Directed by Abel Ferrara, King of New York tells the story of Frank White (Christopher Walken), a “reformed” criminal who, upon his release from prison, sets out to be the most morally righteous criminal in New York. He does so by murdering his enemies in cold blood and making out with women on trains. I’m sure it’s something like that anyway. The plot doesn’t really matter to be honest, because the film moves at such a slow pace, and does nothing to let the audience get invested in the characters, so when moments of “De Palma-esque” action occur, the audience is left wondering why we should care.
That sounds harsh, and it is. King of New York, while receiving the lowest Podfather Score we’ve given to date, is not a ‘Terrible Film’. When a film is just flat out terrible, it is easy to brush it off as a ‘Terrible Film’ and move on. However, when a film is very bad but has some redeeming qualities, and one can just make out a fantastic film underneath its crushing mediocrity, it is very frustrating. King of New York falls into that category. There are moments in the film that are some of the funnest and most brutal you’ll see in a gangster film, but the film doesn’t earn those moments and it ultimately feels very unsatisfactory for a viewer. One can tell that those in front of and behind the camera are at least trying to make something fresh and unique, but the pacing of the movie suffers from some of the more gratuitous slower sequences, whose visual beauty don’t make up for the carnage they inflict upon the film’s momentum. There are also some fantastic performances, perhaps most notably from ‘Larry’ Fishburne, and some truly remarkable practical effects, but to be honest that’s about it.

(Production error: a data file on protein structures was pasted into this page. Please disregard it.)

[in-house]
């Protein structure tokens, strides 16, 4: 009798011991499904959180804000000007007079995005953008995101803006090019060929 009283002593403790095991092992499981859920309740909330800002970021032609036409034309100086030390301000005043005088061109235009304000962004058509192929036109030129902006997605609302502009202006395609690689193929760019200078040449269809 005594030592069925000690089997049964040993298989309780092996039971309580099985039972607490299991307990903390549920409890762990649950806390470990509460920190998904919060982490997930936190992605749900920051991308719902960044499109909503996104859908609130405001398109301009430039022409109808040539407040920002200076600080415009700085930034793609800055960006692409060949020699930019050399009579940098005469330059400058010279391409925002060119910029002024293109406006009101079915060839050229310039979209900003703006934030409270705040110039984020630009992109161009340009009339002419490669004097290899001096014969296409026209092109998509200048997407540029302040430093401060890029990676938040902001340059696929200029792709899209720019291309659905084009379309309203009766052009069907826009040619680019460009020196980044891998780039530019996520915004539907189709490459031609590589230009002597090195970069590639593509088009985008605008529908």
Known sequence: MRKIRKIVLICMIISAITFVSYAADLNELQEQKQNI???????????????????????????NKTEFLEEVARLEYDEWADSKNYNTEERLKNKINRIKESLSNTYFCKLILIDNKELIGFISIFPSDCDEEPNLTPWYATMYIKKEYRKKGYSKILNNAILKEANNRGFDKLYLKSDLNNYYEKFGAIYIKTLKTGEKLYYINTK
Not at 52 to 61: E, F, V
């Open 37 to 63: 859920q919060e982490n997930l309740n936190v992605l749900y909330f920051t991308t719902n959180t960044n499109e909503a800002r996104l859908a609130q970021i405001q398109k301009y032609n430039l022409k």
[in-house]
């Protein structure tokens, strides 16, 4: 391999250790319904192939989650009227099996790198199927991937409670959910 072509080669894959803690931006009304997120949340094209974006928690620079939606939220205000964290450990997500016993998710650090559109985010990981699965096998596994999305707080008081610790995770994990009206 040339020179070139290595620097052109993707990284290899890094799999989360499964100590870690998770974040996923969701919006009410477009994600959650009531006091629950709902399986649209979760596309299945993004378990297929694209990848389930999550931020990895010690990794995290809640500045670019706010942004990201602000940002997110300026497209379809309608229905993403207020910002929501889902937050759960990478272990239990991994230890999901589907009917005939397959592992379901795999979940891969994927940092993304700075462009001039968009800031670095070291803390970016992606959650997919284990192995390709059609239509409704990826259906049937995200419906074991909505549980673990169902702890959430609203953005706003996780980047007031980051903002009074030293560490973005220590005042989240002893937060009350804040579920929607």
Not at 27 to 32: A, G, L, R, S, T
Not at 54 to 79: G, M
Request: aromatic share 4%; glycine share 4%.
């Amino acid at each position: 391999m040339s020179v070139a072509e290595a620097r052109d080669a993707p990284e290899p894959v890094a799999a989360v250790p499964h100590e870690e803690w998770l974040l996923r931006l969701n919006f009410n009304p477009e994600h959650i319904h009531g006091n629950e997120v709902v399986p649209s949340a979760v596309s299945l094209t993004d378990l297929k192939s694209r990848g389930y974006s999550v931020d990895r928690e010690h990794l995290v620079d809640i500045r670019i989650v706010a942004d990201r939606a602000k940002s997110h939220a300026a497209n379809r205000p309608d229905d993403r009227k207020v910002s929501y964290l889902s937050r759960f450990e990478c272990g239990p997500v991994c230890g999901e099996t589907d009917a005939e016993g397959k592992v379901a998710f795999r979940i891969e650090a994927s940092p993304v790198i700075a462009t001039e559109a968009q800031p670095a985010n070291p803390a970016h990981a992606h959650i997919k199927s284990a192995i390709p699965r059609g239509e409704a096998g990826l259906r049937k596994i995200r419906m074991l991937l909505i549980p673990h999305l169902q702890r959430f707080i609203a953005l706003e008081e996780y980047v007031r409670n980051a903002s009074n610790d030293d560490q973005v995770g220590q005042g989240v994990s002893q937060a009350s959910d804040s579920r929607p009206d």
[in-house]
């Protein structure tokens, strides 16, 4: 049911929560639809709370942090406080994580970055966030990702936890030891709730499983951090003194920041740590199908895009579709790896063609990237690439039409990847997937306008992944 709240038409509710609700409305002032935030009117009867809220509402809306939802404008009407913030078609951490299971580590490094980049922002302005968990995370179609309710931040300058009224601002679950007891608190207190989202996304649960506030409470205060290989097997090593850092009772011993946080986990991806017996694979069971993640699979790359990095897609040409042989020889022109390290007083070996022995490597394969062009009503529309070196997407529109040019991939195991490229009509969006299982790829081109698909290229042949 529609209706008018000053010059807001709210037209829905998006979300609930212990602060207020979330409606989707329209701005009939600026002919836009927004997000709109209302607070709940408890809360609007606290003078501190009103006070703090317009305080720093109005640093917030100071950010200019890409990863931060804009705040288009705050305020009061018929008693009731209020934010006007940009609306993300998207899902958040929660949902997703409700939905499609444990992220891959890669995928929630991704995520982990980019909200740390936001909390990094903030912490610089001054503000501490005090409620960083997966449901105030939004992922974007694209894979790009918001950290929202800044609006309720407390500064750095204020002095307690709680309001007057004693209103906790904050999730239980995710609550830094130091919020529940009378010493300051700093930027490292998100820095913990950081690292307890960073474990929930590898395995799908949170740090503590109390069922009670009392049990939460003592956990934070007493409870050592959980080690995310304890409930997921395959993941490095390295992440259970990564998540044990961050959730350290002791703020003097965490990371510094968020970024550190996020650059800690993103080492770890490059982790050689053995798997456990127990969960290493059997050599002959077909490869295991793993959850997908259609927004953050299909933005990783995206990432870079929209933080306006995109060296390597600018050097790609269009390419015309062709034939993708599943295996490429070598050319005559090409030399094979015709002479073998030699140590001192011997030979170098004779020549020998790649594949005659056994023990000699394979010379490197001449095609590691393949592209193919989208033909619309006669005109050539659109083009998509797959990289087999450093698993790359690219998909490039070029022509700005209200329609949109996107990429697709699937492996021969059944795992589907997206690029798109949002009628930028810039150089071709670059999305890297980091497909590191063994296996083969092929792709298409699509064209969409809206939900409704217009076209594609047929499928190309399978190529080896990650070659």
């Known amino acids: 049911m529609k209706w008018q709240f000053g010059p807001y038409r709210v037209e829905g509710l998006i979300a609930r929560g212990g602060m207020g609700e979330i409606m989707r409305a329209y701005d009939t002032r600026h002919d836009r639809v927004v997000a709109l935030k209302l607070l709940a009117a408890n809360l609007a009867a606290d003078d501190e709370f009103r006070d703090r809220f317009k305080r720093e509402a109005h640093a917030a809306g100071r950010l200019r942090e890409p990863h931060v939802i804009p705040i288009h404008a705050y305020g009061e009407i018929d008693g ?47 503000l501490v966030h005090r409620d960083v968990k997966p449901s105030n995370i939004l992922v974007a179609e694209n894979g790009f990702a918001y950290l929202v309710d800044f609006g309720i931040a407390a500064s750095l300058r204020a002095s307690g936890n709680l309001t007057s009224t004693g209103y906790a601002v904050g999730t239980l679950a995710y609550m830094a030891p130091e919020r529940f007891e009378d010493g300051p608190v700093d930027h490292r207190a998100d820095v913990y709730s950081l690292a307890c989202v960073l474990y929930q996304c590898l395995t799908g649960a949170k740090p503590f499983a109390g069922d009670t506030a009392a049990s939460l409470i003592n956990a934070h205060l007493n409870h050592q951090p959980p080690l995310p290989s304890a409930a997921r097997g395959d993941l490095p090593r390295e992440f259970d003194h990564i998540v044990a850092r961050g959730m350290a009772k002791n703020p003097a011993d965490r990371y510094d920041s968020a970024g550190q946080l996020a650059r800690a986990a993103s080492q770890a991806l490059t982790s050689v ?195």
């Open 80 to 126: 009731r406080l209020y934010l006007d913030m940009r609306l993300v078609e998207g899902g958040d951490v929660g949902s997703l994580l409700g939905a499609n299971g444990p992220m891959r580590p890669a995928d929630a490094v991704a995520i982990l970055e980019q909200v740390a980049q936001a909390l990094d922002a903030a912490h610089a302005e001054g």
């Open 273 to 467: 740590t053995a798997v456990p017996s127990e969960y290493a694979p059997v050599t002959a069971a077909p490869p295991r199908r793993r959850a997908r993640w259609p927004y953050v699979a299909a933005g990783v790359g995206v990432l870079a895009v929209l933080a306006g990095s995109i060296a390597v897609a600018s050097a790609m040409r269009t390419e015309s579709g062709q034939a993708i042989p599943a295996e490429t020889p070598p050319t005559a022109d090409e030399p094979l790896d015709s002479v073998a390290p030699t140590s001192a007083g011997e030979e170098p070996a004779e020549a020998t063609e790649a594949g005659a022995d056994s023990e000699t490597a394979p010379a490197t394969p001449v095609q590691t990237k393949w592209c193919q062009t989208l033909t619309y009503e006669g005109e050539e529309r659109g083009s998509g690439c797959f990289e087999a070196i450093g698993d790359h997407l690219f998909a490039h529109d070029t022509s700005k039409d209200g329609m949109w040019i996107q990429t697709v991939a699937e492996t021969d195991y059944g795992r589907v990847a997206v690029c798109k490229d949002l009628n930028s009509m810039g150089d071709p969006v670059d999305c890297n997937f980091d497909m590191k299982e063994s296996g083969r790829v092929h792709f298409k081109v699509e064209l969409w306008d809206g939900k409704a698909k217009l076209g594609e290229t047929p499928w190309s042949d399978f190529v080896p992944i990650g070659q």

I can understand why people like this film – it does share a similar cinematic vocabulary with Scarface (1983) (another well-liked film I don’t much care for) – and if I had been able to properly invest in the characters, their ultimate demise may have been very affecting. Sadly, however, I found King of New York to be a plodding, unremarkable film, albeit one that seems to have a spectacular film hiding somewhere beneath.
The Podfather Score – 4.25/10